IN a scathing Daily Mail article, Stephen Glover asks which ‘experts’ from Highways England came up with the idea of so-called smart motorways.
He says the proposal by these ‘geniuses’ to turn the hard shoulder into an extra lane was jaw-droppingly ridiculous and anyone with a modicum of common sense would have sent them packing.
Instead, ‘smart’ motorways were rolled out nationwide and according to a BBC Panorama investigation last January, 38 people died on them over a five-year period. An official report last March came up with a figure of 44 deaths since 2015.
That’s a shocking situation. But it has an even crazier and what to many will seem a potentially more disastrous parallel in the world of aviation … pilotless passenger aircraft.
The money-saving idea has been around for many years, but is coming closer to commercial reality. Last July, French planemaker Airbus successfully completed tests using a self-flying A350 jet to practise taxiing, take-off and landing.
And now British manufacturer Britten-Norman is said to be working to adapt its short-haul Islander plane for domestic operations with just one pilot, followed by a version with no humans on the flight deck – so-called autonomous flying.
The idea of pilotless flight is that the plane will carry out all its functions via its inbuilt computers while being monitored from the ground, in the same way unmanned military drones are watched remotely.
As the project goes ahead, researchers at Edinburgh Napier University will reportedly assess the public’s willingness to use an aircraft flown by microchips instead of a pilot.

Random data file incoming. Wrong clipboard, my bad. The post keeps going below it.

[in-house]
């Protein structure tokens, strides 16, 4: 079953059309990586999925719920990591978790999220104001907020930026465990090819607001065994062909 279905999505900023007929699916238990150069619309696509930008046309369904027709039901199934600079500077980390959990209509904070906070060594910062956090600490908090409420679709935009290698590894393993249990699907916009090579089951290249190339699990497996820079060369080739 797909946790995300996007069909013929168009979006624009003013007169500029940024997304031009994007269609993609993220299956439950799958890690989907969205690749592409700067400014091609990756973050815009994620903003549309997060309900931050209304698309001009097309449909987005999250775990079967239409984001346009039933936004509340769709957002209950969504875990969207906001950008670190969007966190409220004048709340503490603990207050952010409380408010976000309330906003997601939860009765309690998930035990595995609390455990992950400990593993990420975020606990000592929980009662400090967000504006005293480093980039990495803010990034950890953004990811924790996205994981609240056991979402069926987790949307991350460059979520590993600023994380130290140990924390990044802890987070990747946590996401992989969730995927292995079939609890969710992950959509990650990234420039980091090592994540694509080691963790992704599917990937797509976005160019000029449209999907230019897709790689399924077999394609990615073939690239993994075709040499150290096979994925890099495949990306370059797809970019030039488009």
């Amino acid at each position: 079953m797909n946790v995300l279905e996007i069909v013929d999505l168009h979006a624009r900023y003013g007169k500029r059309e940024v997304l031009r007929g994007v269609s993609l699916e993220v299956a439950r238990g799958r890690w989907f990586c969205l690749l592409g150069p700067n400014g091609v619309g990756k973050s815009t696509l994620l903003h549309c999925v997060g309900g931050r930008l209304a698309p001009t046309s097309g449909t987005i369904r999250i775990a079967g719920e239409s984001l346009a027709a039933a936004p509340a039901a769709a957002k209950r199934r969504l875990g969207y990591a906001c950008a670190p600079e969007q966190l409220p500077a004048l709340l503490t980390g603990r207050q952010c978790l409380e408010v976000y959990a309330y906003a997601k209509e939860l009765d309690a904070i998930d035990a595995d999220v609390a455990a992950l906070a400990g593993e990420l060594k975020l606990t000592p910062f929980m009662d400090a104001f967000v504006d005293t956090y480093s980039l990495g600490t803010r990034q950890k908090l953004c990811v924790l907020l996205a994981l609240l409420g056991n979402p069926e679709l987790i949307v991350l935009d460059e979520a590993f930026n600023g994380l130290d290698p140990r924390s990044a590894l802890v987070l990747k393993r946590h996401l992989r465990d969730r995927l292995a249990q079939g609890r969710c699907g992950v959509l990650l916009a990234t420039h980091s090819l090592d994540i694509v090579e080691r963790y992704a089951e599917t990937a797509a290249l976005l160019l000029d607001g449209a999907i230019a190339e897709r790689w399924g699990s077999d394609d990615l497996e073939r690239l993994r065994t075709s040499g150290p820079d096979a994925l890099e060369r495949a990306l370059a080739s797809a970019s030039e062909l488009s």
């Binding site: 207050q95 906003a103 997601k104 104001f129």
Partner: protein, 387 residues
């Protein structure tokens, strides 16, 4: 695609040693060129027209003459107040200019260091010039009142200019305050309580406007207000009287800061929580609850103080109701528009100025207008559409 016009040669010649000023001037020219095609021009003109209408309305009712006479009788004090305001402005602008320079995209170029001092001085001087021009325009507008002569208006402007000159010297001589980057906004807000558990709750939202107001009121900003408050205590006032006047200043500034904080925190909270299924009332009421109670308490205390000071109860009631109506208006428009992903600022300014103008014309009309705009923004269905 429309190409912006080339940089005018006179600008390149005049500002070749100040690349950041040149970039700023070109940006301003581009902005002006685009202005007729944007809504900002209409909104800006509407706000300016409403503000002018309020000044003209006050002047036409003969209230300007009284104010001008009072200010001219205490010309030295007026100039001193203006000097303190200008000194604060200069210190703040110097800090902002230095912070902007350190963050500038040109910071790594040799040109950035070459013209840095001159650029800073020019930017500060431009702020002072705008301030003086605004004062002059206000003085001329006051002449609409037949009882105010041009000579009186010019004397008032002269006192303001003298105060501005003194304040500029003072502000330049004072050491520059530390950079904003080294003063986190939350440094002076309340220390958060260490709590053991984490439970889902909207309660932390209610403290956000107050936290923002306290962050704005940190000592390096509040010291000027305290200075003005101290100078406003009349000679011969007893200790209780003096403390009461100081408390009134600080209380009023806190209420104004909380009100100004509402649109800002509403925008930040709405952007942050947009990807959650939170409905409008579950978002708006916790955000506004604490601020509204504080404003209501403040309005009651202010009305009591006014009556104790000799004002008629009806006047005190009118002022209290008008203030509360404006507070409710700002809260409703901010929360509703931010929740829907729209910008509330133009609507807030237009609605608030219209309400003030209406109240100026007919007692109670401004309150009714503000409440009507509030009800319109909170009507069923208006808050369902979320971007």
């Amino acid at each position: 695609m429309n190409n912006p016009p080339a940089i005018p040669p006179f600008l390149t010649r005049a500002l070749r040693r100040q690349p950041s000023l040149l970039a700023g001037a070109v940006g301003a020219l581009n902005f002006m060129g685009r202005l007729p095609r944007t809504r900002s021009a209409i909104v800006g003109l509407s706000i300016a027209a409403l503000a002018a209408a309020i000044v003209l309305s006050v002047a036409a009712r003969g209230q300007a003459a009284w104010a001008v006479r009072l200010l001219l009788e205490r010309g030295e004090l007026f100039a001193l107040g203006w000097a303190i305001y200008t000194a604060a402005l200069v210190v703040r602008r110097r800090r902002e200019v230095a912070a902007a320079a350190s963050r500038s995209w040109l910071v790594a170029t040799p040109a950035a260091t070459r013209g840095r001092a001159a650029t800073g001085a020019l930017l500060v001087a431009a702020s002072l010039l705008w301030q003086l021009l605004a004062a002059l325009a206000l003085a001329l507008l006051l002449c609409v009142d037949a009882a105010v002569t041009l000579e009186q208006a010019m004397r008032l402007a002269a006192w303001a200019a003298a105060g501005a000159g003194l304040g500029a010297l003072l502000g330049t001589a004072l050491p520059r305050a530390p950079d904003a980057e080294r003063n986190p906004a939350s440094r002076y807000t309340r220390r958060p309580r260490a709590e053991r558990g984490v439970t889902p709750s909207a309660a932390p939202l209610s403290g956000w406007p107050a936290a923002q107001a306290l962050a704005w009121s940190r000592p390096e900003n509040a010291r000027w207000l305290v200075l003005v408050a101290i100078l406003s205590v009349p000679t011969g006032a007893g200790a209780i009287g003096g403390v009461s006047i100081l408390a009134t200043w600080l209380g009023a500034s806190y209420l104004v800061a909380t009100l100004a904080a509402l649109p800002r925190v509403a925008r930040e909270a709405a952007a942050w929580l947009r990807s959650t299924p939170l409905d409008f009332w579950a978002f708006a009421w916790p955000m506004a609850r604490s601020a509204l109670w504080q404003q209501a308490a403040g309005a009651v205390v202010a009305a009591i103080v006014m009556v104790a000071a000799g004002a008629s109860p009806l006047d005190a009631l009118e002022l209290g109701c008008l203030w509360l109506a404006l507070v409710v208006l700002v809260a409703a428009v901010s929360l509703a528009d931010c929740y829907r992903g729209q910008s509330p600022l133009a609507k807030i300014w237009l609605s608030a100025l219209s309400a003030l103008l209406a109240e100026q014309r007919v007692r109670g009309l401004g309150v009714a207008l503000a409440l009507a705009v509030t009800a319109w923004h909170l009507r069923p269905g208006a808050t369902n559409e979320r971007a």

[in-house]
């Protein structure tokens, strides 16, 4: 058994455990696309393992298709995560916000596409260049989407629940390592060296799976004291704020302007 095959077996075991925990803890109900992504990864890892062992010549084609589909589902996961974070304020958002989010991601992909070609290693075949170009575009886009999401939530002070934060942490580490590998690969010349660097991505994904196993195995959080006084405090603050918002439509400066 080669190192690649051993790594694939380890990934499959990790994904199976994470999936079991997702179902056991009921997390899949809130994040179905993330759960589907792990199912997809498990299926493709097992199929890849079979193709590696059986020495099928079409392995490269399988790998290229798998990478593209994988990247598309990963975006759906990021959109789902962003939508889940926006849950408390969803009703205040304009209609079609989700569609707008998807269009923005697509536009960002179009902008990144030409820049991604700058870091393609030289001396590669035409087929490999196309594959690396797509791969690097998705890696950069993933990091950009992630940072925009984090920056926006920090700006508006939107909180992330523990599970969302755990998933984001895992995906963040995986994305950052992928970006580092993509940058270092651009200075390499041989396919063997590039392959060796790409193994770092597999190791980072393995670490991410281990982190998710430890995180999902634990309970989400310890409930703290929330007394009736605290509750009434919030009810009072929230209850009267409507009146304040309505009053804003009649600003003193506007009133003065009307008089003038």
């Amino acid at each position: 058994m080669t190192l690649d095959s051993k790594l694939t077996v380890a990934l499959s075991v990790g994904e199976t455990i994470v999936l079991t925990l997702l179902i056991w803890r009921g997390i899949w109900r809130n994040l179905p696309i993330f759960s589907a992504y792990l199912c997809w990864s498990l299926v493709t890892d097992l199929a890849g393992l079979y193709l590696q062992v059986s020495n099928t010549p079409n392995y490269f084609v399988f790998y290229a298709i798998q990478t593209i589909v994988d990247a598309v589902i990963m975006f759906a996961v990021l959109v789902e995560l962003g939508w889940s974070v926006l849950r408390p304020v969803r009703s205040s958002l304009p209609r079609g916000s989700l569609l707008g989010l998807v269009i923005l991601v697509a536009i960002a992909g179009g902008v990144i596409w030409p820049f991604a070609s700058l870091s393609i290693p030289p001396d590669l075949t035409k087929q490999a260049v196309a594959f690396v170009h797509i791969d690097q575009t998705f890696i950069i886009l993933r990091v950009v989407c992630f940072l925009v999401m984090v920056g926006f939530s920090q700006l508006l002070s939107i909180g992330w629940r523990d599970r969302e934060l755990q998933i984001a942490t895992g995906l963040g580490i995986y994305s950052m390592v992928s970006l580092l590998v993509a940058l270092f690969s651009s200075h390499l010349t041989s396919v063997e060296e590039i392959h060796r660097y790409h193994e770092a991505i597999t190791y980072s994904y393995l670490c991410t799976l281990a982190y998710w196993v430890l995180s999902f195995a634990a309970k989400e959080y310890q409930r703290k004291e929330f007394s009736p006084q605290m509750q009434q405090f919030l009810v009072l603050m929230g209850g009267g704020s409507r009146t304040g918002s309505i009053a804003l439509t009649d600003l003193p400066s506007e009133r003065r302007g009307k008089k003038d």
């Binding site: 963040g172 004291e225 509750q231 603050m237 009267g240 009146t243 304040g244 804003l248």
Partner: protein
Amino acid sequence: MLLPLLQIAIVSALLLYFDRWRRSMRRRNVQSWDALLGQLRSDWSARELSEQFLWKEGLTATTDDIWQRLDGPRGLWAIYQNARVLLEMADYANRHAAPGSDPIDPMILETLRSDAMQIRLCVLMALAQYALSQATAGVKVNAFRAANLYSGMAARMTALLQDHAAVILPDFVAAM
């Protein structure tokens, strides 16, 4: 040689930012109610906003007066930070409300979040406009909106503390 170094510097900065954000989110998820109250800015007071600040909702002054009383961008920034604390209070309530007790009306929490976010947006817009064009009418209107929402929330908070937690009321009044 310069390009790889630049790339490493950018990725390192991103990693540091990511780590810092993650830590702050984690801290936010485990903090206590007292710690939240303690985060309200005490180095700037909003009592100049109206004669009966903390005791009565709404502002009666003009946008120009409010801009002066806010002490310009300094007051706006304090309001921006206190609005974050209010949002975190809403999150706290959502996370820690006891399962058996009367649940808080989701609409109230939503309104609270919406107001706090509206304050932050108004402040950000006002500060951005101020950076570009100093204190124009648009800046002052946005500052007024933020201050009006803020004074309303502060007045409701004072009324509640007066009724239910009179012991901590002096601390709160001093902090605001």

Well, I know at least one person who’ll be giving them a negative answer if asked. I don’t know about you, but when I get on a plane, I want to know there’s a human in charge on board and not a robot.
But come on – who wants to be zooming through the sky at 38,000ft doing over 500mph without a sentient being up front with a hand on the control column and looking out of the cockpit window? Call me a Luddite, but not me, thanks.
Yes, I know modern planes are virtually flown by computer anyhow. But electronic brains can also get things catastrophically wrong. In the Boeing 737 Max crashes, the anti-stall programming is thought to have forced the planes into a nosedive, with deadly results.
Computers are also vulnerable to hackers. What if some pizza-eating geek took control of a pilotless jet from his bedroom and turned it into a real-life video game? Or demanded a ransom?
Another thought. If there are no pilots on board, who’s in charge of the clattering plane? The steward trying to flog you perfume and chocolates from the trolley? The flight attendant busy clicking the overhead lockers to make sure they’re shut?
And when a bird strike kills the engines on take-off – as happened to US Airways Flight 1549 over New York in 2009 – is a computer going to save all 155 on board by safely landing an Airbus A320 on the Hudson River? I doubt it. It famously took the experience-honed skills, steady nerve and human decision-making of veteran pilot Chesley ‘Sully’ Sullenberger to do that.
Autonomous aviation is running in sync with moves towards using hydrogen to power aircraft as a supposedly cheaper and ‘greener’ alternative to the fossil fuel kerosene, which is mainly used in jet engines. That’s another potentially controversial development on safety grounds.
But even if we eventually switch to new fuel technology, surely pilotless passenger planes will never get off the ground? As in the case of ‘smart’ motorways, anyone with a modicum of common sense must see that they’re a crazy idea.
The basic duty of airlines is to ensure passenger safety. And they simply cannot do that by sending an aircraft full of people up into the wild blue yonder with no one on board who can fly the bloody thing.